I've always known Hoke to be a friendly, knowledgeable guy. He moved to Oregon a few years ago from California. How did it take so long to finally connect IRL (sorry, yes, I just wrote that)? Hoke and I chatted like old friends, and then the group assembled to hear Hoke brief us on the tasting.

We started with three samples from Elijah Craig, all cask strength so around 140 proof. The style here is more classic Bourbon to my mind. Rich, sweet, oaky, with lots of caramel and size. The first sample seemed the most balanced and interesting, and later I found it to be the favorite of the group. I'm hoping that's the one picked for the EC single cask bottling. Of course, it will be watered back to 80 proof or so for bottling, and Hoke talked to us about how that will change the final product. Still, the differences were clear in these samples and watering them back won't change that.

Then we moved to five samples from Elmer T. Lee, all at bottling strength so a little easier to handle. Elmer is apparently one of the old guard, and someone who doesn't let cask samples out too readily. This is a treat. He uses more rye than typical, and goes for a more savory style with lighter color and less char, maybe more to the buttery smooth end of Bourbon. Again, the first sample was the best. In fact, I'd easily say it's the best Bourbon I've ever tasted. Not the blockbuster of Elijah Craig, it's more subtle if you can call Bourbon subtle. I'm hoping this cask is the one that gets bottled. I want more.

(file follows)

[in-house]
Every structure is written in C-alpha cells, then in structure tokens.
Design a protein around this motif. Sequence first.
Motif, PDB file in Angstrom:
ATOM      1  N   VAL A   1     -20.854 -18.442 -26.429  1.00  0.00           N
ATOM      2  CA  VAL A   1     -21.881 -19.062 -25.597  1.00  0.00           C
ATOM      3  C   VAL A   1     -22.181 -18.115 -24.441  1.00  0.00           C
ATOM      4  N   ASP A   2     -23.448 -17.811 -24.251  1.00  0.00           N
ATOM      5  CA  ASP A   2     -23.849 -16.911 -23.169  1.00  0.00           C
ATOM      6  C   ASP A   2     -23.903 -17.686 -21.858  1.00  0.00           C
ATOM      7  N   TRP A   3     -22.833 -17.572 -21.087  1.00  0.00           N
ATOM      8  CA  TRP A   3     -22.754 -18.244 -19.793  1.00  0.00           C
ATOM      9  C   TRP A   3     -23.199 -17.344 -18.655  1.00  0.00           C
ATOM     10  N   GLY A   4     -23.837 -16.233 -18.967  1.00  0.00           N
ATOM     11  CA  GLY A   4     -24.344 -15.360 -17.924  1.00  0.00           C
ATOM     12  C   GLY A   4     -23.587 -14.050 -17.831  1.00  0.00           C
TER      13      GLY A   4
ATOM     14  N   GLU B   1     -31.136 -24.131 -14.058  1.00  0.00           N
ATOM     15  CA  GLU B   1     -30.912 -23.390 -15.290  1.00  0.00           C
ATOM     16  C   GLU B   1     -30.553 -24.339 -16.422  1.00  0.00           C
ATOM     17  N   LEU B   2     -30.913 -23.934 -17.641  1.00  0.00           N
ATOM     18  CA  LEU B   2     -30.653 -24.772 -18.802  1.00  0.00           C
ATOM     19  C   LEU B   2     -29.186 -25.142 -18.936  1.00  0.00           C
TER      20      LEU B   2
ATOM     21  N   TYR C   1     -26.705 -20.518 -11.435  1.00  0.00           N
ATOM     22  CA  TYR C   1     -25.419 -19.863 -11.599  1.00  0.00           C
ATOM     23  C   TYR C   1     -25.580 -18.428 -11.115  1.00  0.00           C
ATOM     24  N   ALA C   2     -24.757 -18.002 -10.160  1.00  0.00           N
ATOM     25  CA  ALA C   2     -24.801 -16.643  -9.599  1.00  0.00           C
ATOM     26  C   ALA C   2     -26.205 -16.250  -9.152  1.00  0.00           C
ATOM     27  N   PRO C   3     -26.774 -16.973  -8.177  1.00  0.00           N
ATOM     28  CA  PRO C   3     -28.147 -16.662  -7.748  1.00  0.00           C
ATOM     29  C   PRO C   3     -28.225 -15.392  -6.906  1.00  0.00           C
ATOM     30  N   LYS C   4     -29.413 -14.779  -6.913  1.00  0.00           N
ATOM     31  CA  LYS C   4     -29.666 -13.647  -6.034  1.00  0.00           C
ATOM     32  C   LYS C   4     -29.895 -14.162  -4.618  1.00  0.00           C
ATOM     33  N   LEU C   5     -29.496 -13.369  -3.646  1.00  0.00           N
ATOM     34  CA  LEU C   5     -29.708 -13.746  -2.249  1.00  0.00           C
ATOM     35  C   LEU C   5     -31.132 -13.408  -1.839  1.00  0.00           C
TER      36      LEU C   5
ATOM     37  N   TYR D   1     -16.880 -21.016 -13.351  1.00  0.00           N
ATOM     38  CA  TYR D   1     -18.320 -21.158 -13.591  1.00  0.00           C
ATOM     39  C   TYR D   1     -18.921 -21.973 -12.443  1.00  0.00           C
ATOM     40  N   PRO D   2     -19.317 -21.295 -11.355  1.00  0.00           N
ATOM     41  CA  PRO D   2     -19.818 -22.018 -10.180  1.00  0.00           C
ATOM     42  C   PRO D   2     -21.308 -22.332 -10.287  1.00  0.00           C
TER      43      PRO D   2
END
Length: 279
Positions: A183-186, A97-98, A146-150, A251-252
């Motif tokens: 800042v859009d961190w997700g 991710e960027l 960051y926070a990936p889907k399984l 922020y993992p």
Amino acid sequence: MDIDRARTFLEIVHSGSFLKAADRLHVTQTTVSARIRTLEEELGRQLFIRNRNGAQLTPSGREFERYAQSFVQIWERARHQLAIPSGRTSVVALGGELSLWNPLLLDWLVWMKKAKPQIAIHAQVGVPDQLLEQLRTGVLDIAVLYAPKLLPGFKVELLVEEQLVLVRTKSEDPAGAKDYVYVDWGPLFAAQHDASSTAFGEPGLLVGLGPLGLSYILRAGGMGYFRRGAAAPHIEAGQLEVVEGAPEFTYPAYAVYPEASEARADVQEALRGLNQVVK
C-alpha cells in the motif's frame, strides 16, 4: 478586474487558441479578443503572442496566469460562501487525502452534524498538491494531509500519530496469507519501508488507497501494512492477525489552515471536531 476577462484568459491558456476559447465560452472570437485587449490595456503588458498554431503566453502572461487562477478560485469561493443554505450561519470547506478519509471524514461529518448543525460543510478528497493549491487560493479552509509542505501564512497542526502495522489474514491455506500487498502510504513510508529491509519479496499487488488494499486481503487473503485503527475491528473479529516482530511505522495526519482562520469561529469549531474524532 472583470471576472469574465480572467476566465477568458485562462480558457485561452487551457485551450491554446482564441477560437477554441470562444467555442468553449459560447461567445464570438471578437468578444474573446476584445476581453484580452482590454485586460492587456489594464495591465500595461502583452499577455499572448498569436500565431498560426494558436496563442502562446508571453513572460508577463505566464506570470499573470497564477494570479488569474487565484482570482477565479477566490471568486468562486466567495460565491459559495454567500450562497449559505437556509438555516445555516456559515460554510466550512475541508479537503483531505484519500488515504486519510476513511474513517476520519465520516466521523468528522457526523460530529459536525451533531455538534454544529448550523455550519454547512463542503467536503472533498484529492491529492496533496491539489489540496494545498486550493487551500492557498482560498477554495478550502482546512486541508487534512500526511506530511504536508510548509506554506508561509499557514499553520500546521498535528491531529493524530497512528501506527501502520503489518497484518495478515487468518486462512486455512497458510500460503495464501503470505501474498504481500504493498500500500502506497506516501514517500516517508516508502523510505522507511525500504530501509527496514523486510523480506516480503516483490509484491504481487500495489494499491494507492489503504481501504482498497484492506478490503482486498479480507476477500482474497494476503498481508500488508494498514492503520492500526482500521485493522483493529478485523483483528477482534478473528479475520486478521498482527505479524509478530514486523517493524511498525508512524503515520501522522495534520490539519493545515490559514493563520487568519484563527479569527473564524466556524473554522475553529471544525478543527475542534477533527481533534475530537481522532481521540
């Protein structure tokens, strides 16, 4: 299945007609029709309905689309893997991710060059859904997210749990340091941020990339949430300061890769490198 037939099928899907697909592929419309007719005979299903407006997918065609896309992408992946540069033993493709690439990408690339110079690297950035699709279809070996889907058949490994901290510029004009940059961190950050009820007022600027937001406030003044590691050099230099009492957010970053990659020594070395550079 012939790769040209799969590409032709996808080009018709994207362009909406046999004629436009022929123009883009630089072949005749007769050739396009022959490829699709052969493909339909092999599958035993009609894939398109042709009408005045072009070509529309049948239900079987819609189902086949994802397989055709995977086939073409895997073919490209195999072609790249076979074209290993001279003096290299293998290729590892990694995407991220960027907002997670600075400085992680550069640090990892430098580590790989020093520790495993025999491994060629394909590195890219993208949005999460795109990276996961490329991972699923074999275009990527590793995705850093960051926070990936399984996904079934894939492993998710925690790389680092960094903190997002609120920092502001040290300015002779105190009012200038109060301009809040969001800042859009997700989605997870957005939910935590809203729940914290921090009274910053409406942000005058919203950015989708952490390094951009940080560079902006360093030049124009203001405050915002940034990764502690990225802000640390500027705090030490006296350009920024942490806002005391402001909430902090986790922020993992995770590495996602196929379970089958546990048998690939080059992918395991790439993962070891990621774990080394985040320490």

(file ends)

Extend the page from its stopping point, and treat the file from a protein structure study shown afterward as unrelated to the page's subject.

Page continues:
If you're interested in getting hold of the final products from this event, check with Macadam Liquor. I stopped in a week after the tasting and bought some tequilla, something I don't drink much but do enjoy, particularly palata (silver) bottlings. The manager said it's unclear exactly when the special bottlings will arrive, but it should be this summer. Bourbon lovers, check it out. And you might ask about the Bourbon Bunch. Good folks, they.

June 16, 2011

June at Armstrong vineyard

667 block at the highest part of Armstrong Vineyard
I took a little time the other day to walk my rows at Armstrong Vineyard on Ribbon Ridge. Spring has come late this year, like last year and not like last year.

In 2010, we had an early budbreak. Then cold, wet weather set in for April, May and June, pushing back the growing season several weeks. In the end, a nice October saved the day, just like in 2008.